UK government to clamp down on emissions cheating
The UK government is introducing new regulations to crack down on emissions cheating among carmakers through punitive fines.
Following the Dieselgate saga, the regulations could see manufacturers forced to pay up to £50,000 for each new vehicle found to be fitted with a so-called ‘defeat device’.
The Road Vehicles (Defeat Device, Fuel Consumption and Type Approval) Regulations 2018 will be laid in Parliament before coming into force on 1 July 2018.
The introduction of the regulations follows a government consultation – which saw overwhelming support for measures to crack down on emissions cheats – as well as ongoing calls for the Government to take action following the Volkswagen emissions scandal, which affected more than 1.2 million vehicles in the UK.
UK Transport Minister Jesse Norman said: “There has rightly been a huge public outcry against car manufacturers that have been cheating on emissions standards. Their behaviour has been dishonest and deplorable.
“These tough new regulations are designed to ensure that those who cheat will be held to proper account in this country, legally and financially, for their actions.”
The new regulations come just weeks after the EU announced it’s referring six nations – including the UK – to the European Court of Justice over ongoing failures to tackle air pollution. This included issuing warnings to the UK as well as Germany Italy and Luxembourg for failing to take action against the millions of diesel cars with illegal defeat devices that allegedly cheated emissions tests.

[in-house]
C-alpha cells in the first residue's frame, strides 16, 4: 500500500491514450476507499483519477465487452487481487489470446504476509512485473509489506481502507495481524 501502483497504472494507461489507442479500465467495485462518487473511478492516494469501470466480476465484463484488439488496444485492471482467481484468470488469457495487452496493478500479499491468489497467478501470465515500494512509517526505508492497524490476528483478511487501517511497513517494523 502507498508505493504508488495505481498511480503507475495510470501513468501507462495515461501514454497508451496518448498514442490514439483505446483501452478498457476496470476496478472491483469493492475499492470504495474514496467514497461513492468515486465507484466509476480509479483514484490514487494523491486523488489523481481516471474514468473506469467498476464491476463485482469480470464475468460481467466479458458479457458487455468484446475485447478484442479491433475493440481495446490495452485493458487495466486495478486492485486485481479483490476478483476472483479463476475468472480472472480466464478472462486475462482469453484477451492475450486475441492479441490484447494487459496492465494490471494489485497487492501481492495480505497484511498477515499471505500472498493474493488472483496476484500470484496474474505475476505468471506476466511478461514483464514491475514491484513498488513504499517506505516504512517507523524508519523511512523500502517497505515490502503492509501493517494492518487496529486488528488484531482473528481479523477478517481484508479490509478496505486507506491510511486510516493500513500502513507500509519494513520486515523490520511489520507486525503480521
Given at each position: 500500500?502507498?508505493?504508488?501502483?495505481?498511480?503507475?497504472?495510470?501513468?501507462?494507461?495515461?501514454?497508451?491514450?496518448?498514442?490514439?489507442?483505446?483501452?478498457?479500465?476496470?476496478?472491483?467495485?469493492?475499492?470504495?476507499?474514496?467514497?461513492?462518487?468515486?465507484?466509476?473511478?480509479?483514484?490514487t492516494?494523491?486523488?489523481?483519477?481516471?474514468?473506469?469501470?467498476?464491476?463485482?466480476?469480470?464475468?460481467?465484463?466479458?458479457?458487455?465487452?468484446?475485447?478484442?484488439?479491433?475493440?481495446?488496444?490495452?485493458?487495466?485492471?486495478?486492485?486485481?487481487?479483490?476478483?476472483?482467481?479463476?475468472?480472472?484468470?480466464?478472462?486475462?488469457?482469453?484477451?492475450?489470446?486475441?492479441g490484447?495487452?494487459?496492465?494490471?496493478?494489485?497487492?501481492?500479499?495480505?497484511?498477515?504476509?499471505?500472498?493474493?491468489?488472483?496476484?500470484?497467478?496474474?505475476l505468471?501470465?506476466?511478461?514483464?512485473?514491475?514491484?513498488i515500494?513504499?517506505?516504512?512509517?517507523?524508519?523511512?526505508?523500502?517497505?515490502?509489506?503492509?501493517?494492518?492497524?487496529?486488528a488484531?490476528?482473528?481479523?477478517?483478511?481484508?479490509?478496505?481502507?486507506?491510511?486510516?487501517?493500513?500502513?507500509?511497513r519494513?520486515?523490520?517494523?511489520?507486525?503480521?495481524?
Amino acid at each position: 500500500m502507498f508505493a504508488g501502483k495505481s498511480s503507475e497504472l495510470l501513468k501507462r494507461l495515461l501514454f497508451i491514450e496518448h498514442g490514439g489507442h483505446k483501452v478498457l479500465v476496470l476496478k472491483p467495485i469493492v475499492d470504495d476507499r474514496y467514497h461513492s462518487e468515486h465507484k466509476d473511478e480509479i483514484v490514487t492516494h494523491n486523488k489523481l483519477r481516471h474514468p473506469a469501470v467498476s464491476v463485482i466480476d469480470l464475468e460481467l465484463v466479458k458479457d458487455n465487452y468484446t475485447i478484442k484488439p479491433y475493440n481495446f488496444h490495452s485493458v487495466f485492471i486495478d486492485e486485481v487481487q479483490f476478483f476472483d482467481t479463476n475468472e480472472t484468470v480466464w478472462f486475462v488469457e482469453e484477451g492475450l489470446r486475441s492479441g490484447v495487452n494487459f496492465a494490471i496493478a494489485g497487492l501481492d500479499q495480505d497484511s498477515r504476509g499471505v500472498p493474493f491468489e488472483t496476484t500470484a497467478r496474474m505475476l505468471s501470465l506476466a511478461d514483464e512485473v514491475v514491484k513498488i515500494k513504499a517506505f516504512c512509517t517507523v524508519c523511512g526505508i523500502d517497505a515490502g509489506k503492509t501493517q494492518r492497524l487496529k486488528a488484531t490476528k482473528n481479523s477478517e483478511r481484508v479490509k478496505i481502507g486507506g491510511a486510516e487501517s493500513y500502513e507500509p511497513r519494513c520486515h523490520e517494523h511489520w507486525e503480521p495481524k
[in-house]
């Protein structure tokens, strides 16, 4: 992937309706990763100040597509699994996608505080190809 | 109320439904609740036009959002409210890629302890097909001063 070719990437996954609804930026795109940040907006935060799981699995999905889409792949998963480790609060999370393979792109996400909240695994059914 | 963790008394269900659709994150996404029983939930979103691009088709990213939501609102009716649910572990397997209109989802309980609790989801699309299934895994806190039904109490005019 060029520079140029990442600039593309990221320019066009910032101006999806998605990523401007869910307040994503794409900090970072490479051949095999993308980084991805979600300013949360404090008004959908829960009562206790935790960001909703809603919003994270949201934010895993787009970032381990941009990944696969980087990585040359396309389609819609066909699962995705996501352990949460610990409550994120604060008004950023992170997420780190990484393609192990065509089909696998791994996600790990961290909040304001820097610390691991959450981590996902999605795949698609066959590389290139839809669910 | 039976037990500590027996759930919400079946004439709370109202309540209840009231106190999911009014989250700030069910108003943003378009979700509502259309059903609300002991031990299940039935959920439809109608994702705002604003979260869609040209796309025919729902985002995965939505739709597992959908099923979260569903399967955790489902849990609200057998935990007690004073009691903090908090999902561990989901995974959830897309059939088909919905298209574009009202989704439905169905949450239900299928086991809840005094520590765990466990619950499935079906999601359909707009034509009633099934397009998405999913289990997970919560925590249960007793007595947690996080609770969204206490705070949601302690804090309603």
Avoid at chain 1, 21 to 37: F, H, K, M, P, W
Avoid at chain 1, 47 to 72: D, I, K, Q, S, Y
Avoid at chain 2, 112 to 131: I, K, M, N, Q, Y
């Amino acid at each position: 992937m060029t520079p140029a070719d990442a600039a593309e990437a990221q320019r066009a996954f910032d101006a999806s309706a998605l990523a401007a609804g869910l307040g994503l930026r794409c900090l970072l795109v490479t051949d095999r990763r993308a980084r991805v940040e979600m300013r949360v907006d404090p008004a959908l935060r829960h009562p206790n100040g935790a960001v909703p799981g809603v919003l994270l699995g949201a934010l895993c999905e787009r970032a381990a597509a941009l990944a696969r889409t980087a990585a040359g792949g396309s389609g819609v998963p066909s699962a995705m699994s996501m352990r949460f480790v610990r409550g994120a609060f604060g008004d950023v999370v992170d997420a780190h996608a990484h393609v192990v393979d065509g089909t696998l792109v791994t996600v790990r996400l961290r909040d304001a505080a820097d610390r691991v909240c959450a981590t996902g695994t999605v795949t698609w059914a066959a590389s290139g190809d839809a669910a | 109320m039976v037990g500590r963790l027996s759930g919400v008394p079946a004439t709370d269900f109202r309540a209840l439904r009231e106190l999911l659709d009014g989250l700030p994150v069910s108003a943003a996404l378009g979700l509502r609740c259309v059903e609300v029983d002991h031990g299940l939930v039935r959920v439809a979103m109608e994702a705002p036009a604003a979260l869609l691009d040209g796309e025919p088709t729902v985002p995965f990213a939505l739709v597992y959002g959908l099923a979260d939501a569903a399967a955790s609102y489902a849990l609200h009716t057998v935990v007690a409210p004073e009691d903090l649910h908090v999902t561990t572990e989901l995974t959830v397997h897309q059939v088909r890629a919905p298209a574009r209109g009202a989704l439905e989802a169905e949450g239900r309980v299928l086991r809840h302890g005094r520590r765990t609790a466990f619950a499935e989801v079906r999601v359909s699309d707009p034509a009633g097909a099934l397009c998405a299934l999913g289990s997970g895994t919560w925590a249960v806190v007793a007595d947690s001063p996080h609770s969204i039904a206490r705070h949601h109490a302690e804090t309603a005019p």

Commenting on the news, Mike Hawes, chief executive of the Society of Motor Manufacturers and Traders (SMMT), said: “Every new car sold in the UK meets the strictest of regulations, governing everything from safety to emissions standards and how vehicles are tested and approved for sale. Government’s own testing of vehicles has consistently shown them to be compliant, and we are pleased government recognises that manufacturers have been rigorous in meeting the standards. There have always been severe penalties for any manufacturer involved in any kind of misconduct in the type approval process carried out here in the UK. Furthermore, all new cars meet the very latest and toughest-ever emission standards which, together with government powers to conduct in-service testing, should give consumers the confidence they are buying the cleanest and safest cars in history.”
Katie Nield, lawyer at environmental law group, ClientEarth, added: “While this is welcome, it’s something ministers should have done a long, long time ago, before Dieselgate. The EU is taking action against the UK for failing to deter car makers from breaking emissions testing laws. Their failure to do so already is illegal, so it’s a surprise to see this trumpeted as a ground-breaking new policy.”
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